x. Effects of Handgrip Training With Venous Restriction on Brachial Artery Vasodilation

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Previous studies have shown that resistance training with restricted venous blood flow (Kaatsu) results in significant strength gains and muscle hypertrophy. However, few studies have examined the concurrent vascular responses following restrictive venous blood flow training protocols.

Purpose: To examine the effects of 4 weeks of handgrip exercise training, with and without venous restriction, on handgrip strength and brachial artery flow mediated dilation (BAFMD).

Methods: Twelve participants (age=22+/-1yr; male = 5, female = 7), completed 4 weeks of bilateral handgrip exercise training (Duration: 20 min; Intensity: 60% of the MVC; Cadence: 15 grips*min-:1; Frequency: 3 sessions*week-1). During each session venous blood flow was restricted in one arm (Experimental arm = EXP) using a pneumatic cuff placed 4 cm proximal to the antecubital fossa, and inflated to 80 mmHg for the duration of each exercise session. The EXP and control (CON) arm were randomly selected. Handgrip strength was measured using a hydraulic hand dynamometer. Brachial diameters and blood velocity profiles were assessed, using Doppler ultrasonography, before and after 5 min of forearm occlusion (200 mmHg), prior to and at the end of 4 weeks exercise.

Results: Following exercise training, handgrip strength increased 8.32% (p=0.05) in the CON arm and 16.17% (p=0.05) in the EXP arm. BAFMD increased 24.19% (p=0.0001) in the CON arm, and decreased 30.36% (p=0.0001) in the EXP arm.

Conclusion: The data indicate handgrip training combined with venous restriction results in superior strength gains, but reduced BAFMD compared to the non-restricted arm.












x. Acute vascular occlusion in horses: effects on skeletal muscle size and blood flow

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x. Increase in calf post-occlusive blood flow and strength following short-term resistance exercise training with blood flow restriction in young women

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x. Changes of Compound Muscle Action Potential after Low-Intensity Exercise with Transient Restriction of Blood Flow: a Randomized, Placebo-Controlled Trial

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Abstract.  [Purpose] The purpose of this study was to investigate the mechanism of muscular force improvement after low-intensity exercise with transient restriction of blood flow using compound muscle action potential (CMAP) analysis. [Subjects] Thirty healthy subjects in their 20s (mean age=21.73 years) were randomly assigned to an experimental group (EG) and a placebo control group (PG); each group had 15 subjects. [Methods] CMAP was analyzed by measuring terminal latency and amplitude using a motor nerve conduction velocity test. For Baseline 1, supramaximal electrical stimulation was applied to the median nerves of the EG and PG to obtain CMAP at the abductor pollicis brevis. For Baseline 2, the intensity of the electrical stimulation was decreased to a level at which the CMAP amplitude was about a third (1/3) of the CMAP amplitude obtained by supramaximal electrical stimulation. In the first test, CMAP was obtained under the same conditions as Baseline 2 after low-intensity thumb abduction exercises were performed at subjects' own pace for one minute. EG had blood flow restricted by a sphygmomanometer cuff, but PG did not. In the retest, CMAP was obtained under the same conditions as Baseline 2, one minute after the removal of the sphygmomanometer cuff immediately after the first test. [Results] PG did not show significant changes in CMAP, whereas EG showed a significant increase in CMAP amplitude, signifying that more muscle fibers were recruited. [Conclusion] This study found that low-intensity exercise with transient restriction of blood flow recruited more muscle fibers than low-intensity exercise without transient restriction of blood flow.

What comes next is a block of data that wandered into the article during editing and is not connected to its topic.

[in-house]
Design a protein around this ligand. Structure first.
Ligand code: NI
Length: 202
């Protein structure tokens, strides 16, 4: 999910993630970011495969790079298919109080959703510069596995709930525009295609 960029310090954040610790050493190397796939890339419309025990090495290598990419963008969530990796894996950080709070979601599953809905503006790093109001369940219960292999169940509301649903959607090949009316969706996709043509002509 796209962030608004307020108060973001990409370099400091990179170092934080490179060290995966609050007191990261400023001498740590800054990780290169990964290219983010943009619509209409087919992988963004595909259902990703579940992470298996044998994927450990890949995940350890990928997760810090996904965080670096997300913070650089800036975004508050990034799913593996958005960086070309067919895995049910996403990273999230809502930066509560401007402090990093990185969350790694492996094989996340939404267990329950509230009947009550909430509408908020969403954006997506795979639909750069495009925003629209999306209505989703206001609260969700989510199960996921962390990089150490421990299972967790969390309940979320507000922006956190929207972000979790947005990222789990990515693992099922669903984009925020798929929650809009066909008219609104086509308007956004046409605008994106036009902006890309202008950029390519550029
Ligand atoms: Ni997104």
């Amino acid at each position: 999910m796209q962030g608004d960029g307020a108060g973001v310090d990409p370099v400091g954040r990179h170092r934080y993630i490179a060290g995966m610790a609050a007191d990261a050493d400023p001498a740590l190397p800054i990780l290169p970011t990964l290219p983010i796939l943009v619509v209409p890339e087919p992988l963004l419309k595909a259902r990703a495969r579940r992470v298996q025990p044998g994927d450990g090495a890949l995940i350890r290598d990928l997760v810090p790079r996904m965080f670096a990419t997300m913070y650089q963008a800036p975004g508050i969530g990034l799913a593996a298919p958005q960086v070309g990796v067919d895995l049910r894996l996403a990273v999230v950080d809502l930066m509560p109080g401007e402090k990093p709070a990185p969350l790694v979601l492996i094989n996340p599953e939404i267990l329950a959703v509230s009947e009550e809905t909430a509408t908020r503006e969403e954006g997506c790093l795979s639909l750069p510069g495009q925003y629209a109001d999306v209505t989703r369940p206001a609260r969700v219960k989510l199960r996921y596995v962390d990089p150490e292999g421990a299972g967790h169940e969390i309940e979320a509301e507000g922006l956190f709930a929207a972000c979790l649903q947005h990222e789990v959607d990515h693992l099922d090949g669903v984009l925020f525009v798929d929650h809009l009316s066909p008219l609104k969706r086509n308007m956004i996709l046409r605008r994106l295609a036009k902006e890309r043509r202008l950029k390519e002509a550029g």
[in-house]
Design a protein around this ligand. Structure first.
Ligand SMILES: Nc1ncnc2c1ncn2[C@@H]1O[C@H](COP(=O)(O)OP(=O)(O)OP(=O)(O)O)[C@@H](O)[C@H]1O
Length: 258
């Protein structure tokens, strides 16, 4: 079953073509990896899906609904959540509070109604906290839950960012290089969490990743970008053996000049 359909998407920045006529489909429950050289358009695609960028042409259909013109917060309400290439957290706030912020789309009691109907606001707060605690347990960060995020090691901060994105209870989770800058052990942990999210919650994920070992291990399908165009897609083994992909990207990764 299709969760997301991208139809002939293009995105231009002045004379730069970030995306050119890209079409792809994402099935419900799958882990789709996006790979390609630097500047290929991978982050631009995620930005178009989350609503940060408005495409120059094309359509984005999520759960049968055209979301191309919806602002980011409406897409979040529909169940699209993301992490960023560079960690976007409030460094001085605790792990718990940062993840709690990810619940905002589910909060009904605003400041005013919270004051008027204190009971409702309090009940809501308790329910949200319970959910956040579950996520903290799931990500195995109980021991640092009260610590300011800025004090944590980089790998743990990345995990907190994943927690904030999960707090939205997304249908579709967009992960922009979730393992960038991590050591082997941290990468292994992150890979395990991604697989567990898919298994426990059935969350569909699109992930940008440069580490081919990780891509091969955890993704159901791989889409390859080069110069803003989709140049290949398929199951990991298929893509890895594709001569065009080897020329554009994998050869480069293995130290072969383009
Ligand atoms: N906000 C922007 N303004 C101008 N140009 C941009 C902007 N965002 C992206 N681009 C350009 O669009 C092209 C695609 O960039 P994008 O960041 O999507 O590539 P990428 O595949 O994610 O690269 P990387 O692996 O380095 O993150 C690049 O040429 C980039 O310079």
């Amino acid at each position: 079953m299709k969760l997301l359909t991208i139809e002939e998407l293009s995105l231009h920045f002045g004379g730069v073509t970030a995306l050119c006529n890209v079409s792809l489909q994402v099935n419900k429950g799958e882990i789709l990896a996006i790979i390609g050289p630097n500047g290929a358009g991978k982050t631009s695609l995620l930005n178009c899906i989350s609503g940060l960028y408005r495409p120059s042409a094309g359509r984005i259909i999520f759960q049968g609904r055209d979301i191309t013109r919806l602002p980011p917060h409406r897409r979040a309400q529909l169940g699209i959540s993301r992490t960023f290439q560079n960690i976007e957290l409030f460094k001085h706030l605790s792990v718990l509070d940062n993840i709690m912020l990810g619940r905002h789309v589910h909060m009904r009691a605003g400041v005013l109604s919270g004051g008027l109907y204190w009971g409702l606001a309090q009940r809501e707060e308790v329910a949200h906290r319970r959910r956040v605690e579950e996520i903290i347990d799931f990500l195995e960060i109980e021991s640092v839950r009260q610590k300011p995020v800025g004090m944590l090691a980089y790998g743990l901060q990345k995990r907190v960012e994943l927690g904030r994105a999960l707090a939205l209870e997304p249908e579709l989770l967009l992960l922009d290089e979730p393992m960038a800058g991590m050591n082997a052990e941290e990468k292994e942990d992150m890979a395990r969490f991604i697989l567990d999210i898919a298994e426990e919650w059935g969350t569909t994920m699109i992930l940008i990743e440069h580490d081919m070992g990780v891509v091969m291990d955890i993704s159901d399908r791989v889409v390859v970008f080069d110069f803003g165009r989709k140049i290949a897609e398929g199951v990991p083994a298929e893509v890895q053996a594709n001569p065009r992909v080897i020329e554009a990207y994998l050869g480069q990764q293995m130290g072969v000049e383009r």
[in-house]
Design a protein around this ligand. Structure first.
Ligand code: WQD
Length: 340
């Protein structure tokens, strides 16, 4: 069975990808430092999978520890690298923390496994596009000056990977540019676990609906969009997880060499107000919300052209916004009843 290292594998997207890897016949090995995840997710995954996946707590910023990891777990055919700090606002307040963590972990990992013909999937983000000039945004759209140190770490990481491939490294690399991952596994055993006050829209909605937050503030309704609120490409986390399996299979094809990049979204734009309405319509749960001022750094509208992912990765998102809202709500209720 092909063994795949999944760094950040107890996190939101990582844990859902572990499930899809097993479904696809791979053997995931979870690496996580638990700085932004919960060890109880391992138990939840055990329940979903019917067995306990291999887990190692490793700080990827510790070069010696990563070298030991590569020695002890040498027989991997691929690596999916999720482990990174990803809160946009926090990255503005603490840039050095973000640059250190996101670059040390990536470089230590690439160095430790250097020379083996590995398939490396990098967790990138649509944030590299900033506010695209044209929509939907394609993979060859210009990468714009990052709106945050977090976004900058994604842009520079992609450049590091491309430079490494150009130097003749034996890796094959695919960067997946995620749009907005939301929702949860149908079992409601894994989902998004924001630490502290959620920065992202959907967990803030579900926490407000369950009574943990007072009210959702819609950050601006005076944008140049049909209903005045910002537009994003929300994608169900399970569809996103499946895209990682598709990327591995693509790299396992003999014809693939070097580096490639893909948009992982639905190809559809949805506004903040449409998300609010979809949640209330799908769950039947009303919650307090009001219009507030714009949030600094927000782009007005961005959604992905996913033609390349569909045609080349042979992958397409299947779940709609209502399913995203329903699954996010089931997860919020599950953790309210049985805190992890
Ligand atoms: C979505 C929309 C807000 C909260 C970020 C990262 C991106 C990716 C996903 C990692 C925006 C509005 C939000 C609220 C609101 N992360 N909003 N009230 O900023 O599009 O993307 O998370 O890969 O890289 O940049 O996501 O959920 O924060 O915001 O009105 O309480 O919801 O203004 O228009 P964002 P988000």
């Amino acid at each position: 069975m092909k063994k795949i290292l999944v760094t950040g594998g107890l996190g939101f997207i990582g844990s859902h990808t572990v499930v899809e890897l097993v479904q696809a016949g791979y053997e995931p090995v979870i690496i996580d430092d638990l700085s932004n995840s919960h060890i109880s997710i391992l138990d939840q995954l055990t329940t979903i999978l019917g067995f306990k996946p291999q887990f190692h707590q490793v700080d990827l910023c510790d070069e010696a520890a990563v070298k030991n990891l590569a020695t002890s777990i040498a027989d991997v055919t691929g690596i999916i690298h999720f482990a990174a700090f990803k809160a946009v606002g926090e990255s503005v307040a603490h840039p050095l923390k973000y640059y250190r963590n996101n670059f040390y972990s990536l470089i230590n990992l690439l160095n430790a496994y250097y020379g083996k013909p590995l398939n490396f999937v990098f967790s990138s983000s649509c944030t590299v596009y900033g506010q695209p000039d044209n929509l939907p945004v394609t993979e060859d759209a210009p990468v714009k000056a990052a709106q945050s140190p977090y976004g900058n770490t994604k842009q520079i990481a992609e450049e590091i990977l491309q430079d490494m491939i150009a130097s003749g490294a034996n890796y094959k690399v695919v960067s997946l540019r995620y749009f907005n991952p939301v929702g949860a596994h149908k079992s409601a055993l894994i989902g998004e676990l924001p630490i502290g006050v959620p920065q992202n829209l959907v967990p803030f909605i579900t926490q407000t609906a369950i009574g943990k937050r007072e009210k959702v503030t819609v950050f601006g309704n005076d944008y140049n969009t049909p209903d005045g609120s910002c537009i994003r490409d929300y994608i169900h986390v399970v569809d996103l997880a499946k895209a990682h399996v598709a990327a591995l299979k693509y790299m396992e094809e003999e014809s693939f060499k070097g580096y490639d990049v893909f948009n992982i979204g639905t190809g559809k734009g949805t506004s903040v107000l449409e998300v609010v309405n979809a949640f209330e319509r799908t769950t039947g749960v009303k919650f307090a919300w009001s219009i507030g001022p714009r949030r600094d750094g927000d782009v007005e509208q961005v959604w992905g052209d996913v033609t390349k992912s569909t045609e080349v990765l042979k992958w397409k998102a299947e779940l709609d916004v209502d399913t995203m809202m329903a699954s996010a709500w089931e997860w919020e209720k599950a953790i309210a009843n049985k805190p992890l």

x. Growth hormone and muscle function responses to skeletal muscle ischemia

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x. Changes In Tissue Oxygenation And Muscular Function In Response To Vascular Restriction: 1826: Board #176 May 27 2:00 PM - 3:30 PM

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x. Venous Blood Changes with Low-Intensity Muscle Contractions and Blood Flow Restriction: 1989: Board #153 May 29 2:00 PM - 3:30 PM

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Work output during repetitive low-intensity muscle contractions is presumably maintained by increased motor unit recruitment (increased EMG activity) during restricted blood flow. Interestingly, the increased muscle activation is associated with an increased oxygen uptake (Vo2); an unexpected finding given the same external work and reduced muscle blood flow.